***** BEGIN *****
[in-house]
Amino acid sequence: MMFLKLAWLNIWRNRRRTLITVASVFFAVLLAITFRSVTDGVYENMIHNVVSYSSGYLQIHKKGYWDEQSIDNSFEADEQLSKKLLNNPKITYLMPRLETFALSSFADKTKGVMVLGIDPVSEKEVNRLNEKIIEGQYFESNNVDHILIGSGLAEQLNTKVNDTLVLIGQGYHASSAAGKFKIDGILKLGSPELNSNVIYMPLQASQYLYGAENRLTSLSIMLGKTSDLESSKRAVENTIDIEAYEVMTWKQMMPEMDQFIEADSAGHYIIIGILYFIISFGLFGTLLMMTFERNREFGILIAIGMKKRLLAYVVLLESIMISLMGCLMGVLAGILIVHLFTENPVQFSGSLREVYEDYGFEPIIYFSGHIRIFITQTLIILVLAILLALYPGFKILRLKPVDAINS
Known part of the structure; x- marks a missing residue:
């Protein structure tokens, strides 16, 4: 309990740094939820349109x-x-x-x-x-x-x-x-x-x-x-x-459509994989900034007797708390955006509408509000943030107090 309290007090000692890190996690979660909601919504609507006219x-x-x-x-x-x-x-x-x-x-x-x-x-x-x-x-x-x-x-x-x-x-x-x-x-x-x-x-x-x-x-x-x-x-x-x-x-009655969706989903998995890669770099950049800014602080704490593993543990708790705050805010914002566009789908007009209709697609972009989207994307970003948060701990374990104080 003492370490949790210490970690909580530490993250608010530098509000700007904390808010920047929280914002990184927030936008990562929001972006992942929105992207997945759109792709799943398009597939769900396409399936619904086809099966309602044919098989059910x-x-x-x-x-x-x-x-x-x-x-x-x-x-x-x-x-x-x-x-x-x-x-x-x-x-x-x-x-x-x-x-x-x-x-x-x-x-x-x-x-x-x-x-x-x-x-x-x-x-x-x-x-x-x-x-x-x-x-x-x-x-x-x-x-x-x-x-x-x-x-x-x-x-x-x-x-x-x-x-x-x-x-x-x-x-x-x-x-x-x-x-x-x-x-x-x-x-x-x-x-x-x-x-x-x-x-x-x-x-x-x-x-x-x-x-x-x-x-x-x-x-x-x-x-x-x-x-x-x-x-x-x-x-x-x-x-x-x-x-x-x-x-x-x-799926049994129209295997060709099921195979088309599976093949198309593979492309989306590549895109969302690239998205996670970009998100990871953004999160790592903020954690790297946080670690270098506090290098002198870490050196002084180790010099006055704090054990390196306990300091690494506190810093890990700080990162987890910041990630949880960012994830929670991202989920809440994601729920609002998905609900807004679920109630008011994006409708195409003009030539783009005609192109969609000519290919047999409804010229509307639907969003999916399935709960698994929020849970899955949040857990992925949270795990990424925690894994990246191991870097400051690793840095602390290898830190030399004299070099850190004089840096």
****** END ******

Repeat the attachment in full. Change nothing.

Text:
[in-house]
Amino acid sequence: MMFLKLAWLNIWRNRRRTLITVASVFFAVLLAITFRSVTDGVYENMIHNVVSYSSGYLQIHKKGYWDEQSIDNSFEADEQLSKKLLNNPKITYLMPRLETFALSSFADKTKGVMVLGIDPVSEKEVNRLNEKIIEGQYFESNNVDHILIGSGLAEQLNTKVNDTLVLIGQGYHASSAAGKFKIDGILKLGSPELNSNVIYMPLQASQYLYGAENRLTSLSIMLGKTSDLESSKRAVENTIDIEAYEVMTWKQMMPEMDQFIEADSAGHYIIIGILYFIISFGLFGTLLMMTFERNREFGILIAIGMKKRLLAYVVLLESIMISLMGCLMGVLAGILIVHLFTENPVQFSGSLREVYEDYGFEPIIYFSGHIRIFITQTLIILVLAILLALYPGFKILRLKPVDAINS
Known part of the structure; x- marks a missing residue:
């Protein structure tokens, strides 16, 4: 309990740094939820349109x-x-x-x-x-x-x-x-x-x-x-x-459509994989900034007797708390955006509408509000943030107090 309290007090000692890190996690979660909601919504609507006219x-x-x-x-x-x-x-x-x-x-x-x-x-x-x-x-x-x-x-x-x-x-x-x-x-x-x-x-x-x-x-x-x-x-x-x-x-009655969706989903998995890669770099950049800014602080704490593993543990708790705050805010914002566009789908007009209709697609972009989207994307970003948060701990374990104080 003492370490949790210490970690909580530490993250608010530098509000700007904390808010920047929280914002990184927030936008990562929001972006992942929105992207997945759109792709799943398009597939769900396409399936619904086809099966309602044919098989059910x-x-x-x-x-x-x-x-x-x-x-x-x-x-x-x-x-x-x-x-x-x-x-x-x-x-x-x-x-x-x-x-x-x-x-x-x-x-x-x-x-x-x-x-x-x-x-x-x-x-x-x-x-x-x-x-x-x-x-x-x-x-x-x-x-x-x-x-x-x-x-x-x-x-x-x-x-x-x-x-x-x-x-x-x-x-x-x-x-x-x-x-x-x-x-x-x-x-x-x-x-x-x-x-x-x-x-x-x-x-x-x-x-x-x-x-x-x-x-x-x-x-x-x-x-x-x-x-x-x-x-x-x-x-x-x-x-x-x-x-x-x-x-x-x-799926049994129209295997060709099921195979088309599976093949198309593979492309989306590549895109969302690239998205996670970009998100990871953004999160790592903020954690790297946080670690270098506090290098002198870490050196002084180790010099006055704090054990390196306990300091690494506190810093890990700080990162987890910041990630949880960012994830929670991202989920809440994601729920609002998905609900807004679920109630008011994006409708195409003009030539783009005609192109969609000519290919047999409804010229509307639907969003999916399935709960698994929020849970899955949040857990992925949270795990990424925690894994990246191991870097400051690793840095602390290898830190030399004299070099850190004089840096």